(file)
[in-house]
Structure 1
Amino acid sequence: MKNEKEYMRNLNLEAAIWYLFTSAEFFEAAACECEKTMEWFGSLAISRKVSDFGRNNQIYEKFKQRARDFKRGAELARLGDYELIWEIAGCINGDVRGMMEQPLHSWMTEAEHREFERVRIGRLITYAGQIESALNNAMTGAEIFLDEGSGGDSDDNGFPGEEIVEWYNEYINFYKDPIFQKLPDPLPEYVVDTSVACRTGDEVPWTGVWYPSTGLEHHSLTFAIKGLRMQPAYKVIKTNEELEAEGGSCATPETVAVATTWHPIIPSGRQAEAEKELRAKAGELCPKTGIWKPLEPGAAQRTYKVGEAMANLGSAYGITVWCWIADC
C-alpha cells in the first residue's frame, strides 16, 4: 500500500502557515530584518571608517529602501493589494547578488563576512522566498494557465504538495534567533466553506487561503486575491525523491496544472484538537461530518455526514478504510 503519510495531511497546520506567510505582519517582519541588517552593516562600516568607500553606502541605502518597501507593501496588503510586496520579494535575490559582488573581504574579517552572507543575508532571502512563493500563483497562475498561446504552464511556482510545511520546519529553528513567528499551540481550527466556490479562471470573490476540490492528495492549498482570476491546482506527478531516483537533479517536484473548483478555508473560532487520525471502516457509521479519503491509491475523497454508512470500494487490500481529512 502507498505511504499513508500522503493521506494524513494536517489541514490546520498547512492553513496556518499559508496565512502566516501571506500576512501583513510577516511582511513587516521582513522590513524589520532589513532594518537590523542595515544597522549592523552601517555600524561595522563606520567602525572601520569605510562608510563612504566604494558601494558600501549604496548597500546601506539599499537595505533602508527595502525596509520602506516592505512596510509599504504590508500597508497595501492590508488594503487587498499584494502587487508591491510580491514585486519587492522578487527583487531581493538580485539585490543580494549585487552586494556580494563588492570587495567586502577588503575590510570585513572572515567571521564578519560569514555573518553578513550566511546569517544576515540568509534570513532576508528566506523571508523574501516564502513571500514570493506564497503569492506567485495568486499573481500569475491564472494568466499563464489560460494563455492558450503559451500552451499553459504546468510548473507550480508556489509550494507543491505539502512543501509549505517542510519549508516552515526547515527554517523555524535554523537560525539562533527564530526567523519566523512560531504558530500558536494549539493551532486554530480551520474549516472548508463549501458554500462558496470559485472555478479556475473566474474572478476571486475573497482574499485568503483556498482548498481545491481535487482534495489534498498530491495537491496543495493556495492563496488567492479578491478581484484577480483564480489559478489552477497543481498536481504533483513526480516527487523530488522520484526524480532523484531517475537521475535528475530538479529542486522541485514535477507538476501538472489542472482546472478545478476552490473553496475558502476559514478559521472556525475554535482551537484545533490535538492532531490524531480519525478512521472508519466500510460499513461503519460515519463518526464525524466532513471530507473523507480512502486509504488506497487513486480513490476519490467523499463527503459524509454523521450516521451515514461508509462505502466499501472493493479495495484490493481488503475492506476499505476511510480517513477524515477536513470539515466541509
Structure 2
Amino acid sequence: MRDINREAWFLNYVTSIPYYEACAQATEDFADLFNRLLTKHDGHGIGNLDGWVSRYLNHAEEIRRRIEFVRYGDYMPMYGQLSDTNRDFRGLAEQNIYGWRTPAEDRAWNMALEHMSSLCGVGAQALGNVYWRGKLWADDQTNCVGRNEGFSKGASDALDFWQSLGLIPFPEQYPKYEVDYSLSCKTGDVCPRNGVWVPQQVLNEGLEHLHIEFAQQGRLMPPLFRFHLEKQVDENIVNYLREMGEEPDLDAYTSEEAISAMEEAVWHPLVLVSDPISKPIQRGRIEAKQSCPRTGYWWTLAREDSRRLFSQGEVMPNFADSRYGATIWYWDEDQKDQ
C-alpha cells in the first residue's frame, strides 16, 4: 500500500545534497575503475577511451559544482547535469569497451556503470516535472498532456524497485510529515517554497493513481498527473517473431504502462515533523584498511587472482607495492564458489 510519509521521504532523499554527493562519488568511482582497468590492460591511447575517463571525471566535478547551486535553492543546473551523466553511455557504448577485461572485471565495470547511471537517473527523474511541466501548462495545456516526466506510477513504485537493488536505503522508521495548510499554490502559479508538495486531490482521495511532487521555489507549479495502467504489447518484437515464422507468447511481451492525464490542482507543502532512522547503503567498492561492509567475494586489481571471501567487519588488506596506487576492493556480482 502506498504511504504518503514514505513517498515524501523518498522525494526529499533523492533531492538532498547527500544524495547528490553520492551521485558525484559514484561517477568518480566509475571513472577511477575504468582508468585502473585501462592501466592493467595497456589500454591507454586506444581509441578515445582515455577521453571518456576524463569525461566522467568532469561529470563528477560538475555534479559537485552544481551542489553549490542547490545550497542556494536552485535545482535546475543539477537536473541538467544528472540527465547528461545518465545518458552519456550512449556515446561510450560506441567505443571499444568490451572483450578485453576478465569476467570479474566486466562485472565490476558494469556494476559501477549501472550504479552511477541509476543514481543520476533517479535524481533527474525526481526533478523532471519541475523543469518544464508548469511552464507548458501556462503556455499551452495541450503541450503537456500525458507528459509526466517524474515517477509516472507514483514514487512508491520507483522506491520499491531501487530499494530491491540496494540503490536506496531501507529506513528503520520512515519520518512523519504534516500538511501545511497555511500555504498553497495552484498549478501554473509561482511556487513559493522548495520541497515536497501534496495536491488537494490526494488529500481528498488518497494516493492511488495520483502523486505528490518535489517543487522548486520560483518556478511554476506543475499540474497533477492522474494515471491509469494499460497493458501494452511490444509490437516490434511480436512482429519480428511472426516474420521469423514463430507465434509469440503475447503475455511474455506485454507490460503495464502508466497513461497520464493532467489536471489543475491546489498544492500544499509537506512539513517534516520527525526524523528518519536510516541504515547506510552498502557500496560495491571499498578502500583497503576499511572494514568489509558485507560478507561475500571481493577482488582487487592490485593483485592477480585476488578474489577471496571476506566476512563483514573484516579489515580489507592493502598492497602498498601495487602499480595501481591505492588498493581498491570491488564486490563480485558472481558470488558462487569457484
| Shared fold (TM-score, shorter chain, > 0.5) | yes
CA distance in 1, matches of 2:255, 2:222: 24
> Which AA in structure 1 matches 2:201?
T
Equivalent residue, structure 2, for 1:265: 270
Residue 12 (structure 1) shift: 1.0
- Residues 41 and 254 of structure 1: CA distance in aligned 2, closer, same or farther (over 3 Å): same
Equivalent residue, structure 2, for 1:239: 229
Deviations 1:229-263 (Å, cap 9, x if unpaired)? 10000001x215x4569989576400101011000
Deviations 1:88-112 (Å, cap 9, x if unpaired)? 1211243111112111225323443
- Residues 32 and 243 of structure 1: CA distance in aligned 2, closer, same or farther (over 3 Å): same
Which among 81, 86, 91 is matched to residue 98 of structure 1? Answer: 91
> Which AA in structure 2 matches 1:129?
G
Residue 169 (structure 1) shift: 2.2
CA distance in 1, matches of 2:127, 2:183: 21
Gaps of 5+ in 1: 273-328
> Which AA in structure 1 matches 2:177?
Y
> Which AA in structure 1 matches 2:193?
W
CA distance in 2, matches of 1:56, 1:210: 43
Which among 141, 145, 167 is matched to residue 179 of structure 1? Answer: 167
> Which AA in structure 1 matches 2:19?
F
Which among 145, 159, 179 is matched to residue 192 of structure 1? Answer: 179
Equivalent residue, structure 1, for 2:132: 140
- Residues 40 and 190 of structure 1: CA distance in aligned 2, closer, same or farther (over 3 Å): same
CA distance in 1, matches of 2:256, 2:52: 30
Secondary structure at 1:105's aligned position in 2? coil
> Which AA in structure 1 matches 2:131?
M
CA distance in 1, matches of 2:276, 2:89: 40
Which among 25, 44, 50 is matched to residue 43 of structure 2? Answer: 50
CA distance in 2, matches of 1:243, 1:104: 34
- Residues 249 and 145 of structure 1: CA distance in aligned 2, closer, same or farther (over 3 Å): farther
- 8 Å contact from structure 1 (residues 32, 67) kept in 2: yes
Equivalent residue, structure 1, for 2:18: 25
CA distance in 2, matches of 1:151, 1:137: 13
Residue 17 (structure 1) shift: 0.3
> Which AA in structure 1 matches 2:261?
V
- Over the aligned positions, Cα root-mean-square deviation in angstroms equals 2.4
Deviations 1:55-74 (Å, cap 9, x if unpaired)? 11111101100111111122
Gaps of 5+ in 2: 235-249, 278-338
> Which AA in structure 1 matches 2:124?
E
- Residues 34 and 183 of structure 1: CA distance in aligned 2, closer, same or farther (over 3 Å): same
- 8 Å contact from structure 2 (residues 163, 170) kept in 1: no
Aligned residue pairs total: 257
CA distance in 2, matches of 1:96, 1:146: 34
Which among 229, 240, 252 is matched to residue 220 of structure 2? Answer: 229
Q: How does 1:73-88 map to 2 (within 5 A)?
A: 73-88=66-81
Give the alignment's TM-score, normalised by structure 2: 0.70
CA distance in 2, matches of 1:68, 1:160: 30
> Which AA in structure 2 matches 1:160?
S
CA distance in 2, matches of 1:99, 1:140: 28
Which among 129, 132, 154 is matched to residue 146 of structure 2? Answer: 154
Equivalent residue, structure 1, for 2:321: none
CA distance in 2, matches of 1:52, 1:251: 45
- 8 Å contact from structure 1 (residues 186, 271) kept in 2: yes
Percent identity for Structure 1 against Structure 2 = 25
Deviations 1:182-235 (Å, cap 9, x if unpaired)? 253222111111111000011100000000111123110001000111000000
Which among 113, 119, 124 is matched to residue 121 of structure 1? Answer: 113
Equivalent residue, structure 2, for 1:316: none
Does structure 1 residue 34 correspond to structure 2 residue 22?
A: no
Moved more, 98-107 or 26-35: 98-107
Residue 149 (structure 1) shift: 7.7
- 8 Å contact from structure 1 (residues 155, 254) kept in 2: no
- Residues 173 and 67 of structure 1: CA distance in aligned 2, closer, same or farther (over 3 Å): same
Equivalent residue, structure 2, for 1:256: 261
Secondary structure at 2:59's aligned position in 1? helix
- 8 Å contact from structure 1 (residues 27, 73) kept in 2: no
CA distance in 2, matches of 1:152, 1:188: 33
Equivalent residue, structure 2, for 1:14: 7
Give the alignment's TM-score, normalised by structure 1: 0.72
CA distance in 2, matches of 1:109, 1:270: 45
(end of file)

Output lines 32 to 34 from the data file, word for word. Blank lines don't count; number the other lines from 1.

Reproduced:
F
Which among 145, 159, 179 is matched to residue 192 of structure 1? Answer: 179
Equivalent residue, structure 1, for 2:132: 140